In Figure 1, you can see that Customer is related to Order, Order is related to Product, and Category is related to Product. Let's examine these relationships more closely. The line that connects two tables tells an important story. Between the Customer and Order tables, the line with a key at one end and an infinity symbol at the other end denotes a one-to-many (1:M) relationship (i.e., for one Customer, you can have many Orders). The connecting line also says that for any given Order, you can have only one Customer. However, for the purpose of describing tables and their relationships, you can say that Order and Customer have a 1:M relationship. In this diagram, you can also see that a Product can be on many Orders, but an Order can contain only one Product. Again, this relationship between Order and Product is 1:M.
What's the relationship between Customer and Product? In this database, a Customer can purchase many Products, and many Customers can purchase the same Product. When the diagram shows the line connecting two tables intersecting at one table with keys touching the main tables (Customer and Product) and infinity symbols touching the table in common (Order), the relationship between the related "key" tables is many-to-many (M:N). Therefore, Customer to Product is an M:N relationship (which database designers frequently describe through an intermediate table, as I've done here).
You can use T-SQL syntax—specifically, sp_help and sp_helpconstraint—to view the tables, their relationships, and their details. However, a database diagram is an easy way of seeing the big picture quickly. However you discover the relationships, you can use this information to determine the most common means of joining the tables—primary keys and foreign keys. Most joins connect the primary key of one table to the foreign key of another.
What Can Joins Do for You?
The four tables in the TSQLTutorJoins database contain six customers, three product categories, seven products, and eight orders. By looking at the tables, you can see who the customers are, what categories of products the company sells, which products it sells, and when each order was taken. You can also see that not every customer has made a purchase and not every product has been sold. Furthermore, some customers have made more than one purchase, and customers can make over-the-counter orders without supplying a CustomerID.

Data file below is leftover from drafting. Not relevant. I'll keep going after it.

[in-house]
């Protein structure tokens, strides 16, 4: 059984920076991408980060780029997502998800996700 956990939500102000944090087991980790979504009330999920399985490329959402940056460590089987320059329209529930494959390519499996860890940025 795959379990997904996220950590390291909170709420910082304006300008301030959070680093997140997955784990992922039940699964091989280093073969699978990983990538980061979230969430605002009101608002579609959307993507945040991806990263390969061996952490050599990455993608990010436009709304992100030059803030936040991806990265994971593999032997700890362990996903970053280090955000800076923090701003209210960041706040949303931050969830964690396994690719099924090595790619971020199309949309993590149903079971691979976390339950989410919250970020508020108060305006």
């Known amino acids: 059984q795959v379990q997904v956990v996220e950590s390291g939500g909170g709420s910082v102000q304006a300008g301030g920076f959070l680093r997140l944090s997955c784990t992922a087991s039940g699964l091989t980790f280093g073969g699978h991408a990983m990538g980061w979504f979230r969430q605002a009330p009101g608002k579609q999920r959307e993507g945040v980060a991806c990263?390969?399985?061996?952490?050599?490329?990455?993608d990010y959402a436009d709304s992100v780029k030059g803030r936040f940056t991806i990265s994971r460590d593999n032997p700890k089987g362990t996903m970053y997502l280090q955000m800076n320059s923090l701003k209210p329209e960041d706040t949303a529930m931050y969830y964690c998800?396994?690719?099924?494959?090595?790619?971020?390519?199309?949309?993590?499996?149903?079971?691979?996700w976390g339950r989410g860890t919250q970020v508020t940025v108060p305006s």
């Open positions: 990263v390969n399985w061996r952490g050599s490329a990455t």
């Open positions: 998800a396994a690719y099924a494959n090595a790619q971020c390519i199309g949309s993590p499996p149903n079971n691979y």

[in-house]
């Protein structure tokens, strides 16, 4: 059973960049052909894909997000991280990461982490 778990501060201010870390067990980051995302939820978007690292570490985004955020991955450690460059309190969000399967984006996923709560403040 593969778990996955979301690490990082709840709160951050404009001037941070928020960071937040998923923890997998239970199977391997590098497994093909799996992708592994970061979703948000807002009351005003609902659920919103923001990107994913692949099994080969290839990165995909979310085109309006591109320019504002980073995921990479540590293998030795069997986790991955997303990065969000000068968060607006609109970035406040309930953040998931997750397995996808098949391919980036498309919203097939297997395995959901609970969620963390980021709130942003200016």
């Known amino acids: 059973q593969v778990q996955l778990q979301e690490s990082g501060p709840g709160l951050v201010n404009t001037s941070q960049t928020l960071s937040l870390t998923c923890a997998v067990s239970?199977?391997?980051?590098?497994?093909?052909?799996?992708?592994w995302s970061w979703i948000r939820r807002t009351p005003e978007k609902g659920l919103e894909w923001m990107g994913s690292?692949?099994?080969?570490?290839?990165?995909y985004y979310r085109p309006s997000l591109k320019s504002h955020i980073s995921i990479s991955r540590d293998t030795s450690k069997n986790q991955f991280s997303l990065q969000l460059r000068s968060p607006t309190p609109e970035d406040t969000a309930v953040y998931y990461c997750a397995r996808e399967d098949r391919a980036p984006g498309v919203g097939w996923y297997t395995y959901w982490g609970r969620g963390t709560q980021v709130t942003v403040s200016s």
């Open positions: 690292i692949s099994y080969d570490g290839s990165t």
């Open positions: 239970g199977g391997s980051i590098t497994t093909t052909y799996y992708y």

Let's start with some easy questions about the data: Which customers have made a purchase? Which customers haven't made a purchase? You don't need to know how to write a join to answer these questions; you can use a subquery instead. For example, you can answer the question, Who made a purchase? with the following query:
WHERE Customer.CustomerID IN (SELECT
\[Order\].CustomerID FROM dbo.\[Order\])
This query returns the results that Table 1 shows.
You can answer the question, Who hasn't made a purchase? with the following query:
WHERE Customer.CustomerID NOT IN (SELECT
\[Order\].CustomerID FROM dbo.\[Order\])
which returns no rows. But you know that two customers, CustomerID 3 (Selina) and CustomerID 4 (Oswald), haven't made any purchases. Why doesn't the subquery answer the question correctly? The reason goes back to nullability. Because your database allows NULL values for CustomerID, the set has undefined rows—rows in which no certain value is known. In this subquery, you're asking for the customers who are NOT IN a specific list, but that list includes unknown values. Therefore, you can't know with certainty that any rows are NOT IN the undefined set. If you use the default behavior of Query Analyzer—ANSI_NULLS behavior ON—the subquery won't work here unless you add a search condition to it. I recommend working within the bounds of the Query Analyzer session-setting defaults because some changes to those settings can have a negative impact on other operations. (For more information about session settings and their impact, see SQL Server Books Online—BOL—for "Set Options That Affect Results.") I describe the behavior I found with the defaults in Query Analyzer.
Note that you could create an entry in Customer for the "over-the-counter" customer to solve this problem, but you won't always have control over the database. Understanding how NULL values work in all situations is crucial if you plan to support NULL values. The following query (with the search condition added)
WHERE Customer.CustomerID NOT IN
(SELECT \[Order\].CustomerID FROM
WHERE \[Order\].CustomerID IS NOT NULL )
returns the expected results, which Table 2 shows.
Now you have the answer to the original questions of who has and hasn't bought a product, but what if you need details? How many orders did Bruce place, what did he order, and when did he place the orders? With subqueries, you can see an order's existence but not its details. Joins help you to see all the details. Let's look at the various types of joins.
An inner join is the intersection between two tables. For inner and outer joins, Venn diagrams show, in a simple way, the relationships between the joined tables and the rows that the join query should return. For example, let's review the Customer and Order tables. You can graphically represent the question, Which customers have made a purchase? by showing Customer as the left circle and Order as the right circle, as Figure 2 shows. In the circles, CustomerIDs represent those customers who have placed an order. Note that two rows in the Customer circle (CustomerIDs 3 and 4) and two rows in the Order circle (representing over-the-counter sales) are outside the intersection.